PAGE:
A History Lesson With Booze ®

‘Do They Know It’s Christmas?’: New Wave’s Charity Effort

This week in 1984, 40 of the biggest pop stars in the world assembled in London to tape a charity Christmas song that became a UK record-breaker. Hear the story of their smash hit, then "raise a glass to everyone" with this liquid evidence that the world can work together in harmony.

Bob Geldof and Midge Ure pictured outside SARM Studios in Notting Hill, London, during the recording of the Band Aid single 'Do They Know It's Christmas?', part of the Feed The World campaign, raising money for famine-stricken Ethiopia, on November 25, 1984. (Photo Credit Larry EllisExpress Newspapers/Getty Images)

The History Lesson

New-wave music was mainly known for flashy videos and enormous hair. But in 1984… Bob Geldof used it to fight hunger

It made sense. Bob fronted new-wave band “The Boomtown Rats.” But he’d also been an anti-poverty activist since age 13. So, when he saw a news report about mass famine in Ethiopia, he and Midge Ure of the band “Ultravox” figured they’d raise cash for the cause by putting out a song about it.

Except there were two problems: If they performed the song, it’d look like they were exploiting famine for fame. And it probably wouldn’t sell enough to feed a third-world country. So, Bob decided he’d just persuade dozens of the biggest pop stars in the world to perform the tune for them. For free!

According to Bob,  it was kind of a breeze. He quickly got pals like Sting and Bono on board. Others fell into his lap. Like when he bumped into Spandau Ballet’s Gary Kemp in an antique store.

The hard part was recording them all: they got free studio time for just one day. So, on November 25th, Bob and Midge had to tape 40 megastar musicians — and mix the song — in 24 hours. The session engineer finally got a chance to hit the bathroom at hour 16.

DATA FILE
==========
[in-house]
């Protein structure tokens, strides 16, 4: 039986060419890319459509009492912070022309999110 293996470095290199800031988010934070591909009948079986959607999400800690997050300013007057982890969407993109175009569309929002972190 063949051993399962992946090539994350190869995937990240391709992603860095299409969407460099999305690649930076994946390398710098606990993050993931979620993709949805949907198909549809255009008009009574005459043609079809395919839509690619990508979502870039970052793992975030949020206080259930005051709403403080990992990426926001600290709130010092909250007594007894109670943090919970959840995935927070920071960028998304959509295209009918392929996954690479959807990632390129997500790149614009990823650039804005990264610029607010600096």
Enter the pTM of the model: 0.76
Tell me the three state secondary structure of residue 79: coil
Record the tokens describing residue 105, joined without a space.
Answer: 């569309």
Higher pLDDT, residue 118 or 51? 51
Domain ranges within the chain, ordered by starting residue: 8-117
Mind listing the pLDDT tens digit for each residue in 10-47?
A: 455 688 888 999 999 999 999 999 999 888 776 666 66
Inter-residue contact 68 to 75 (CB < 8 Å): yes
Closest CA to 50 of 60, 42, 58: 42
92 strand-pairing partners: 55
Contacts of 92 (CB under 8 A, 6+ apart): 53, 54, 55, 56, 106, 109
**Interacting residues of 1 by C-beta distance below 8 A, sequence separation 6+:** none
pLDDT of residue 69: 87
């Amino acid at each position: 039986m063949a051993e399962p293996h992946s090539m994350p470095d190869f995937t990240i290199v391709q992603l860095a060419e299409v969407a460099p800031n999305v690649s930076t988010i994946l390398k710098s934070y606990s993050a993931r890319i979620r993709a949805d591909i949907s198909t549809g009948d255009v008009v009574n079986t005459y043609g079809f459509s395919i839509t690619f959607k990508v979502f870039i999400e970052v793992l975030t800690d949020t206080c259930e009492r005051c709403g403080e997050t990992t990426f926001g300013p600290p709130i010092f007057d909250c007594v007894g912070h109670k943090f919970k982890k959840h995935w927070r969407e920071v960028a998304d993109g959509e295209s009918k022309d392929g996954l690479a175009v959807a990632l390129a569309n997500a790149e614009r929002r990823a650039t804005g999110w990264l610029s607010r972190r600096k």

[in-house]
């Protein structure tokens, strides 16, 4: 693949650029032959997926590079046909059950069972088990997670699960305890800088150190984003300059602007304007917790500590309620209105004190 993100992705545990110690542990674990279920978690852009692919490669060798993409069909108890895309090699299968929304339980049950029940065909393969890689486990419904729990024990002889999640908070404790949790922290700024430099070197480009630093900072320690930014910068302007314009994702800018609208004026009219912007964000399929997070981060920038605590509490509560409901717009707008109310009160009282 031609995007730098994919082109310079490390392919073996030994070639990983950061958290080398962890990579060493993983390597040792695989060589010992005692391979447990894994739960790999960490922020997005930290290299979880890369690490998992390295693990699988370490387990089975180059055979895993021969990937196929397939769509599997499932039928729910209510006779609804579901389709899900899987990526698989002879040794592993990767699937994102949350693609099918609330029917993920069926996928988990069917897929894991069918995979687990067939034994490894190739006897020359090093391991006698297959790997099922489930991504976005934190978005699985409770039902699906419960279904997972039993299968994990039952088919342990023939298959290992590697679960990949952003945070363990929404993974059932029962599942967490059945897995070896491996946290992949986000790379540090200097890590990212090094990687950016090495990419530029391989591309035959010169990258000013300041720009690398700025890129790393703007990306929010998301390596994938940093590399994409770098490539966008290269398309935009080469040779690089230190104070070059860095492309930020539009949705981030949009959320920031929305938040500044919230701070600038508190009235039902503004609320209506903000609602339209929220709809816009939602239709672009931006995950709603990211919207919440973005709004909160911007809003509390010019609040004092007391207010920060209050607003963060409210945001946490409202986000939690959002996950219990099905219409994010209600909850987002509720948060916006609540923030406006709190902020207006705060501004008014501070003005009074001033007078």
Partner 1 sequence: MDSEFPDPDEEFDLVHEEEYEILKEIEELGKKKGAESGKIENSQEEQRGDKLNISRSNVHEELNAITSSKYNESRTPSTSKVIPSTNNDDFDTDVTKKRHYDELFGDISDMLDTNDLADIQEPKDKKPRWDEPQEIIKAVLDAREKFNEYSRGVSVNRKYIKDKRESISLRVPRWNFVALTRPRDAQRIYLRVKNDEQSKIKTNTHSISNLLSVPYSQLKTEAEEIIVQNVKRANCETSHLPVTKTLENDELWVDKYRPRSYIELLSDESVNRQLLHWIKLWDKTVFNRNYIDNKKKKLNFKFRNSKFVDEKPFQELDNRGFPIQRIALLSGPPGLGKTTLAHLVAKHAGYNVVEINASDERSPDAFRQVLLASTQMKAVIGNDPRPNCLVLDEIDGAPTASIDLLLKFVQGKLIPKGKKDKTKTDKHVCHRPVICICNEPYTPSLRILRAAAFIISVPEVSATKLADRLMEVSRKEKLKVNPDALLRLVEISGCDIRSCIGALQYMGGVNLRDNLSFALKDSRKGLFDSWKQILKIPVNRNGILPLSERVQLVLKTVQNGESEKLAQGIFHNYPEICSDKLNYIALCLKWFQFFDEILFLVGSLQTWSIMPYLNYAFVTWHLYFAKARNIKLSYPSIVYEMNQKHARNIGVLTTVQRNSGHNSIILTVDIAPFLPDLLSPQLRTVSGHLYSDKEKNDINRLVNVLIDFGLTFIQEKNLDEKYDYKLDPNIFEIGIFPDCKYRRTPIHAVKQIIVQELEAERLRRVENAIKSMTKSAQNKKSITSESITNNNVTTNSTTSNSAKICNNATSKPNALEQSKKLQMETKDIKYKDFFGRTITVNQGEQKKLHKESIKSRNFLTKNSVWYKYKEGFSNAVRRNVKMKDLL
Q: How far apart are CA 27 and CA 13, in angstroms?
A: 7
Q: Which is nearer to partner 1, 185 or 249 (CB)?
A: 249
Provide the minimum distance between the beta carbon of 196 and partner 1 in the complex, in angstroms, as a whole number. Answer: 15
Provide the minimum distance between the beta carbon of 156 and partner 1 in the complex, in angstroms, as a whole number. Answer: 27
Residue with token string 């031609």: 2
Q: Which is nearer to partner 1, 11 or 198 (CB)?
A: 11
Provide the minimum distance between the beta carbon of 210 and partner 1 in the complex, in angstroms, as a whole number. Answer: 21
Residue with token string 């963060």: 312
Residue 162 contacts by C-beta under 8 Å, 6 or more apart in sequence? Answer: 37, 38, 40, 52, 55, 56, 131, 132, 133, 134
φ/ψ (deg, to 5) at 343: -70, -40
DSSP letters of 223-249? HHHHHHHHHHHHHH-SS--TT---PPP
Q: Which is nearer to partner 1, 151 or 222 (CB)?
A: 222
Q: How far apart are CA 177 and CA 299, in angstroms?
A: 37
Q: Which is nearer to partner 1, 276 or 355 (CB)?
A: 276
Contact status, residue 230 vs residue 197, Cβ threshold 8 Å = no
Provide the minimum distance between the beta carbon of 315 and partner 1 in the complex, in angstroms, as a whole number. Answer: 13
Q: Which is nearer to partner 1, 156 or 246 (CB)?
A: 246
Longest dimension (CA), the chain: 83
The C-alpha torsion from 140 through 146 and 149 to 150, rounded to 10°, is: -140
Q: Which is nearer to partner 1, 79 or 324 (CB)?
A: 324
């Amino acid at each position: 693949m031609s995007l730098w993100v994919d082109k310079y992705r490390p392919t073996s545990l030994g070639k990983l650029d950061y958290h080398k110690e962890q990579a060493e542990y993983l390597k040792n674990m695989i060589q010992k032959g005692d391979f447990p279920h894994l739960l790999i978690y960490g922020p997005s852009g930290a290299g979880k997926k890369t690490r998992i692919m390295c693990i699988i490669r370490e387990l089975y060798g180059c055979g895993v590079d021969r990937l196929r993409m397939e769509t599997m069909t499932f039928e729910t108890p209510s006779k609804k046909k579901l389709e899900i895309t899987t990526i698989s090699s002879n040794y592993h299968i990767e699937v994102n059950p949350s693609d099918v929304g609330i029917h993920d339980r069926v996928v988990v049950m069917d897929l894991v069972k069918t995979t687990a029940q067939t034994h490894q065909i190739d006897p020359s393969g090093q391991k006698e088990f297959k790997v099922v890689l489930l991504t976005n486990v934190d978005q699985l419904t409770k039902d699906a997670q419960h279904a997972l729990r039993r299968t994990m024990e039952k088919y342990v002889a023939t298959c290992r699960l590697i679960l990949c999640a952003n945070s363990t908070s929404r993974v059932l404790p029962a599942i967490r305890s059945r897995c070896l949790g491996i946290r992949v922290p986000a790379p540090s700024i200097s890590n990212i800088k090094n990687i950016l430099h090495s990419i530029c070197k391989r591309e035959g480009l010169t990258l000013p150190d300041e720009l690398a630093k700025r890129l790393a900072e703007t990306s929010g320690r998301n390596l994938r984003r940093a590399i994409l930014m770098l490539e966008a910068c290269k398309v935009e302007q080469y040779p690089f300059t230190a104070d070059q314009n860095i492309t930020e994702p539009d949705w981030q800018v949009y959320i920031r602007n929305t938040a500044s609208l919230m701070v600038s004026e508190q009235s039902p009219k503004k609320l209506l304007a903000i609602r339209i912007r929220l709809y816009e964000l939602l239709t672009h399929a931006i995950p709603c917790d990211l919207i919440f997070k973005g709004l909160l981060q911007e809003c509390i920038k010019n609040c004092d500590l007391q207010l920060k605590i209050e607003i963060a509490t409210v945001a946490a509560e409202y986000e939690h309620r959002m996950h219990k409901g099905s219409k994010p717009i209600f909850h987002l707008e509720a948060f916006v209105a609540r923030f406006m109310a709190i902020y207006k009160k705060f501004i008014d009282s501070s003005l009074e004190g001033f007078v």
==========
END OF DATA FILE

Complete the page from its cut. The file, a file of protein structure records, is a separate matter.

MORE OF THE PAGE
Not everyone wanted to deny themselves for the project. For instance: U.K. politicians. Though Bob had promised 100 percent of the record’s sales would go to famine relief, they insisted on collecting sales tax. So Bob relentlessly shamed them in the media until they gave in and let the tax go to charity too.

Geldof hoped “Do They Know It’s Christmas” would raise a few hundred thousand bucks. It did. Plus, over $10 million bucks more. It was the fastest selling track in U.K. history — a million copies in its first week alone, a record it held for 13 years. And it inspired the American charity tune “We Are The World.”

In 2010 Bob Geldof told Austrailia’s “Daily Telegraph” newspaper, “I am responsible for the two worst songs in history.”

The Booze

The Old Brew

Photo credit: Elana Lepkowski, stirandstrain.com
Photo credit: Elana Lepkowski, stirandstrain.com

As composed by Melanie Schmidt at King’s Row gastropub in Pasadena, CA:


  • 1/2 ounce Fair Café Coffee Liqueur (from Ethiopia)
  • 1 ounce Rittenhouse 100 Proof Rye Whiskey (from Kentucky)
  • 1 ounce Zaya Rum (From Trinidad)
  • 1/2 ounce Meletti Amaro Liqueur (From Italy)
  • 2 dashes Miracle Mile Toasted Pecan Bitters (from L.A.)


Combine ingredients in a glass or mug. Add a twist of orange to take the edge off the potent liquors. Quaff and feel a charitable glow.